Just read your recent update Syd and we are both very impressed with this latest achievement of yours considering your past medical history about which we knew nothing. Nicki would be so proud. Jen & Rob


Syd Reinhardt


Mrs Tammie Hotz

The Hotz family will be following your every step of the 63klm, just remember its not a race, pace yourself and you will cross the finishline, and Hotzy said you'll have this knocked over in a little over 3 hours!!!


Simon Agar

Good luck Syd, a cause dear to your heart.


Mark O'connor

Enjoy the walk Syd


Peter Richards

well done Sid, its an honour to donate in the memory of you beautiful Nicki


Emi And Richard Walton

Great cause, we have wonderful memories of you both on our ralleys




Jane Cozens

In loving memory, Charl and Jane xx


Mark And Tara Robertson

Great job Syd! Good luck Mark and Tara.


Andrew Lydon


Stephen Figgis

Syd, A little incentive to get you there and a little more to get you home. All for a good cause and a particular memory of somebody very close. Stephen F


Michael Fisher

Go for your 63, Syd


Daniel Byrne

It sounds like a great cause Syd. I hope you enjoy the walk.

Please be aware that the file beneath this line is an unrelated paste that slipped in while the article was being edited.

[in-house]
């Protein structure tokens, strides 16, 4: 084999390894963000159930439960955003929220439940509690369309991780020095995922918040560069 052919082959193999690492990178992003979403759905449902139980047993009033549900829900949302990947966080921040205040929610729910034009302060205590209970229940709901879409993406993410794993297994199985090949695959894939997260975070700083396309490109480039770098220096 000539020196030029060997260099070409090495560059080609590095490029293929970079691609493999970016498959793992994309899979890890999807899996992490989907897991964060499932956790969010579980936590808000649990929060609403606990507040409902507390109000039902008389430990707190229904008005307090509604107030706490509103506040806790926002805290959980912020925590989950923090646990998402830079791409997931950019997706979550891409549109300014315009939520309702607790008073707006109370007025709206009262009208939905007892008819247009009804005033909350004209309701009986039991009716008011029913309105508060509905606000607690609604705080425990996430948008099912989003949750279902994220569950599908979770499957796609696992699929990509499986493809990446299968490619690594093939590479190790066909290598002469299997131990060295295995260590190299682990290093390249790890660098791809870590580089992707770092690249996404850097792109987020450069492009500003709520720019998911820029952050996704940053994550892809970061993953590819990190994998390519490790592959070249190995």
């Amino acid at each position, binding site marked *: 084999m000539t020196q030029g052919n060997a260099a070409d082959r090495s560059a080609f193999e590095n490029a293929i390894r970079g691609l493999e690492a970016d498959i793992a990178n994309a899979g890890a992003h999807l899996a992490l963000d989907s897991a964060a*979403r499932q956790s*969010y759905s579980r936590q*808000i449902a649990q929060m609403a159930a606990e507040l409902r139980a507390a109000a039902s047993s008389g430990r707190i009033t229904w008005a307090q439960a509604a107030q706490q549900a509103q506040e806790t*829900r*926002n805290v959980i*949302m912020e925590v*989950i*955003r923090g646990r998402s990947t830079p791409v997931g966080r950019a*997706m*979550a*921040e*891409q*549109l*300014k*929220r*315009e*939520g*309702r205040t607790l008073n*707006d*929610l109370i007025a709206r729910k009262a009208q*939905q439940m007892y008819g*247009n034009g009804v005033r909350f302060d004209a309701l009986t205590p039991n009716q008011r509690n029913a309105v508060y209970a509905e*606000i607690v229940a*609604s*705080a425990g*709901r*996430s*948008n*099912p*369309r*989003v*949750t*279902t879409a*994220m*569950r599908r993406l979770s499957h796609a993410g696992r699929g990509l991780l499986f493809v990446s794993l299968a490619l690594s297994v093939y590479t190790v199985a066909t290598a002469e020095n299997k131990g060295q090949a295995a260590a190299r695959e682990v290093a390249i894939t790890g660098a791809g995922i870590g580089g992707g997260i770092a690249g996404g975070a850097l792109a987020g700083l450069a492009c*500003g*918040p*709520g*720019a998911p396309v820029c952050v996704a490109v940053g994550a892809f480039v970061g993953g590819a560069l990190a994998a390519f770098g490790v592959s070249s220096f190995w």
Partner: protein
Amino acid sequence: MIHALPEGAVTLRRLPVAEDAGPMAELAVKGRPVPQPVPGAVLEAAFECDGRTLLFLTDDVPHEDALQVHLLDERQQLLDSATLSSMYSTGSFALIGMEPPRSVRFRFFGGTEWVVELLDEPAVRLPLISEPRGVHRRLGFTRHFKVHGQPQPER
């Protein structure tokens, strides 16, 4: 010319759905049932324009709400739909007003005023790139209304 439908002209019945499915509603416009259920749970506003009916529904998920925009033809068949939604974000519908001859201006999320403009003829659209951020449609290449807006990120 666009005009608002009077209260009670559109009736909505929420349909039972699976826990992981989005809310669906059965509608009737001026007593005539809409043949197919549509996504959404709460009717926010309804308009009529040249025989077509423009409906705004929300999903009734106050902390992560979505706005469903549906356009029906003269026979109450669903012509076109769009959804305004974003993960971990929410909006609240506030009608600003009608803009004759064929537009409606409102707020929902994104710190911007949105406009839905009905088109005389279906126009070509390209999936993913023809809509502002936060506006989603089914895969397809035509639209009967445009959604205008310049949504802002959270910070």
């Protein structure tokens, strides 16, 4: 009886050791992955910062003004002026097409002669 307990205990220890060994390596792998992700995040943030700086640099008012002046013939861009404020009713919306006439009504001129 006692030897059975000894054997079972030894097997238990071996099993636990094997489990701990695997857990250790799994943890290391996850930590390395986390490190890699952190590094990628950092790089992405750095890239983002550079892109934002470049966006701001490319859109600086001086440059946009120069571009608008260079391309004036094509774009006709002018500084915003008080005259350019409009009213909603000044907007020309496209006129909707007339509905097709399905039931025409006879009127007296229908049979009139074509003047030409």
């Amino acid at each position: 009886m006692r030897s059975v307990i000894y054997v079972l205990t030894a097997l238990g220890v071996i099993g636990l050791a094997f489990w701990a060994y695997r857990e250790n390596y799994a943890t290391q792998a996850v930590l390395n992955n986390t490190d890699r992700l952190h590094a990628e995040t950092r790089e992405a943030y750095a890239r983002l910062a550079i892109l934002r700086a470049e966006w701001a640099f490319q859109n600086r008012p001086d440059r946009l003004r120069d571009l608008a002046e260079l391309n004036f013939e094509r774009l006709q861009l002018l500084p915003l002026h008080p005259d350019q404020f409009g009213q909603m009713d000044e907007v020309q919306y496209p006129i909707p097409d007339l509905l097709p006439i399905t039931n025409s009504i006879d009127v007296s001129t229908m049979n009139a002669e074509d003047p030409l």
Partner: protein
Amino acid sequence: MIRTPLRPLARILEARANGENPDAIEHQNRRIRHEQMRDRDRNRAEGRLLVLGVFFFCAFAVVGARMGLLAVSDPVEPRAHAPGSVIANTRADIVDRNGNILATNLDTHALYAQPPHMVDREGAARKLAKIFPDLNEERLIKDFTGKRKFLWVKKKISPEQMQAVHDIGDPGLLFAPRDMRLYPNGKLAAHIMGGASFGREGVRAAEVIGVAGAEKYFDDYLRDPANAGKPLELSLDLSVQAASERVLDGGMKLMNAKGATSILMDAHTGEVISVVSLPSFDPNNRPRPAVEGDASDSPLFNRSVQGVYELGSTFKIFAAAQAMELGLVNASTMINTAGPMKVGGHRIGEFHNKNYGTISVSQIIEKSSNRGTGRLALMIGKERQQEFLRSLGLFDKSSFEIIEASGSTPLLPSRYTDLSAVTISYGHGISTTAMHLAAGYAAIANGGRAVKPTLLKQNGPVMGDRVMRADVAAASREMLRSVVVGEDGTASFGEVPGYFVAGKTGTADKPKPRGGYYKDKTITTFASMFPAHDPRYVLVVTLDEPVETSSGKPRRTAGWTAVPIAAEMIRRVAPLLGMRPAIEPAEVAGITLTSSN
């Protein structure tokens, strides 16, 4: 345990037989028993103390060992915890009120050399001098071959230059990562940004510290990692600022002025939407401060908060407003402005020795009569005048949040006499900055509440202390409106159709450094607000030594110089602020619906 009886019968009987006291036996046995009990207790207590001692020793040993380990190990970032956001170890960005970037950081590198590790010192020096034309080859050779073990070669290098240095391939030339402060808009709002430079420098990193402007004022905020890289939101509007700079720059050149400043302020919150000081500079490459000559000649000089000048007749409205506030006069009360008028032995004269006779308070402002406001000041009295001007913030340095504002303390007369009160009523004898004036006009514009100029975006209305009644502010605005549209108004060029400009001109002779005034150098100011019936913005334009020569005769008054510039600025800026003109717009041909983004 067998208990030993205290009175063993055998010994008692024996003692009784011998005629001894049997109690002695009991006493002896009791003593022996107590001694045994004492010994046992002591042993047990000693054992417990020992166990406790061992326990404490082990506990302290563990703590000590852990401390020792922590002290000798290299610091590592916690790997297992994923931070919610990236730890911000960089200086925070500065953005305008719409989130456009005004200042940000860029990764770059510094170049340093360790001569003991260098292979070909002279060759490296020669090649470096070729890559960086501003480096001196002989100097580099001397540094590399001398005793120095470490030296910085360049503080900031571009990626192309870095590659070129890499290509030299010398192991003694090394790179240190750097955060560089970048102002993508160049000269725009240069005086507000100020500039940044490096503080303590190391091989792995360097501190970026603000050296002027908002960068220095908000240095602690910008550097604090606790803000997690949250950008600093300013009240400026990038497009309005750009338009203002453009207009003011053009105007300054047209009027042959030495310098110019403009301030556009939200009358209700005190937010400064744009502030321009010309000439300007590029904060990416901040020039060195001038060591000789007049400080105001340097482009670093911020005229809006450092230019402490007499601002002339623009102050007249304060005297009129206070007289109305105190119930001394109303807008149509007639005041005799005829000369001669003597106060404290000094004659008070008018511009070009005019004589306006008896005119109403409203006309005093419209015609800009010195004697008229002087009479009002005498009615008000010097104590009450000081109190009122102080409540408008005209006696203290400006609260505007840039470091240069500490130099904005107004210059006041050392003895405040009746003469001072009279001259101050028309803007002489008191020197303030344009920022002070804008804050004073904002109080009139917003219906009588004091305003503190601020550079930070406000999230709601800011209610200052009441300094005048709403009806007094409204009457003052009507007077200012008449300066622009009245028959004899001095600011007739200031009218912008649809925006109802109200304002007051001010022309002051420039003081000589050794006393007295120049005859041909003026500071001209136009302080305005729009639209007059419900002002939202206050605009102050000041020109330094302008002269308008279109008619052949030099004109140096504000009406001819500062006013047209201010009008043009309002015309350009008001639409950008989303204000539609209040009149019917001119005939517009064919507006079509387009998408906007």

Mike Nicholls

Thats got you over your goal Fuck Cancer!!!!


Adrian Lauretti

A great cause! Enjoy the walk Syd!


David Stuart

Well done Syd you are walking for a good cause and Nicky would be proud.


Wilga Coutts

go syd


Deborah Frank

Good luck!


Ashton Roskill


Aron Everett

Good on you Syd a very worthy cause


Tim Kierath


Steven Pammenter

We miss Granny every day, such an amazing cause. Goodluck we'll know you'll smash it. xxx


Dermot Thompson

All the best for the event Syd! I know you can ace it!


Wilma Van Zeyl

A great cause Syd - Good luck and thinking of you all often.


Rita Lubitz

more power to your legs Syd!!


Trish Holdway

supporting research to overcome the disease that killed your beautiful, vibrant wife and a wonderfully giving and supportive friend.


Stan Stern

Wishing you all the best Syd.


Barrie Young




Jossel Ginsburg

You will walk it easily.


Hurst Family


Alan Saidman

Mate - hope you are walking the 63 kms in one day and not doing 2km per day over the month......Happy to support this for sure


Jessica Martin


Giles Cooper


Jane Reinhardt

In memory of a very special lady. Always in our hearts.


Joshie Pops

Good job Dad. Love you both